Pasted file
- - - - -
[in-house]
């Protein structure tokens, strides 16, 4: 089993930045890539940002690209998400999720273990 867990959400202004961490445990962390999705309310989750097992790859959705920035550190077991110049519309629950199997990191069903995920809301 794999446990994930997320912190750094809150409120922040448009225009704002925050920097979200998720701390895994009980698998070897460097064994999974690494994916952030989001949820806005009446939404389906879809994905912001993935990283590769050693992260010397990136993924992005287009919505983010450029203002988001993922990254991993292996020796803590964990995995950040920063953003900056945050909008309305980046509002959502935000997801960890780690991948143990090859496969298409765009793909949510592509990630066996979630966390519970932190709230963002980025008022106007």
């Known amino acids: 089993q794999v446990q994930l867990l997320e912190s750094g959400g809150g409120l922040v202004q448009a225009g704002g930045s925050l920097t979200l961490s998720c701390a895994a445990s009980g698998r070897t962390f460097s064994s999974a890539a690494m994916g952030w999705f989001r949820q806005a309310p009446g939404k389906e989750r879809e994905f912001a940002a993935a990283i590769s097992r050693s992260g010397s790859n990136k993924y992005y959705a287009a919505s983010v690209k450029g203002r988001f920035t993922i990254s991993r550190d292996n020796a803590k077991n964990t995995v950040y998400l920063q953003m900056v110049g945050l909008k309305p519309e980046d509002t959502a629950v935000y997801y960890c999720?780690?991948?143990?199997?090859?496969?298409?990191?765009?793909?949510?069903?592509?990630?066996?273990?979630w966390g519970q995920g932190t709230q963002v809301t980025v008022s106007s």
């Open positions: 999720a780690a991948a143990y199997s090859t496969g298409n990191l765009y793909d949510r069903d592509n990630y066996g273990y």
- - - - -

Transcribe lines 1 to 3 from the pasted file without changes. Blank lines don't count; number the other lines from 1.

[in-house]
């Protein structure tokens, strides 16, 4: 089993930045890539940002690209998400999720273990 867990959400202004961490445990962390999705309310989750097992790859959705920035550190077991110049519309629950199997990191069903995920809301 794999446990994930997320912190750094809150409120922040448009225009704002925050920097979200998720701390895994009980698998070897460097064994999974690494994916952030989001949820806005009446939404389906879809994905912001993935990283590769050693992260010397990136993924992005287009919505983010450029203002988001993922990254991993292996020796803590964990995995950040920063953003900056945050909008309305980046509002959502935000997801960890780690991948143990090859496969298409765009793909949510592509990630066996979630966390519970932190709230963002980025008022106007």
């Known amino acids: 089993q794999v446990q994930l867990l997320e912190s750094g959400g809150g409120l922040v202004q448009a225009g704002g930045s925050l920097t979200l961490s998720c701390a895994a445990s009980g698998r070897t962390f460097s064994s999974a890539a690494m994916g952030w999705f989001r949820q806005a309310p009446g939404k389906e989750r879809e994905f912001a940002a993935a990283i590769s097992r050693s992260g010397s790859n990136k993924y992005y959705a287009a919505s983010v690209k450029g203002r988001f920035t993922i990254s991993r550190d292996n020796a803590k077991n964990t995995v950040y998400l920063q953003m900056v110049g945050l909008k309305p519309e980046d509002t959502a629950v935000y997801y960890c999720?780690?991948?143990?199997?090859?496969?298409?990191?765009?793909?949510?069903?592509?990630?066996?273990?979630w966390g519970q995920g932190t709230q963002v809301t980025v008022s106007s």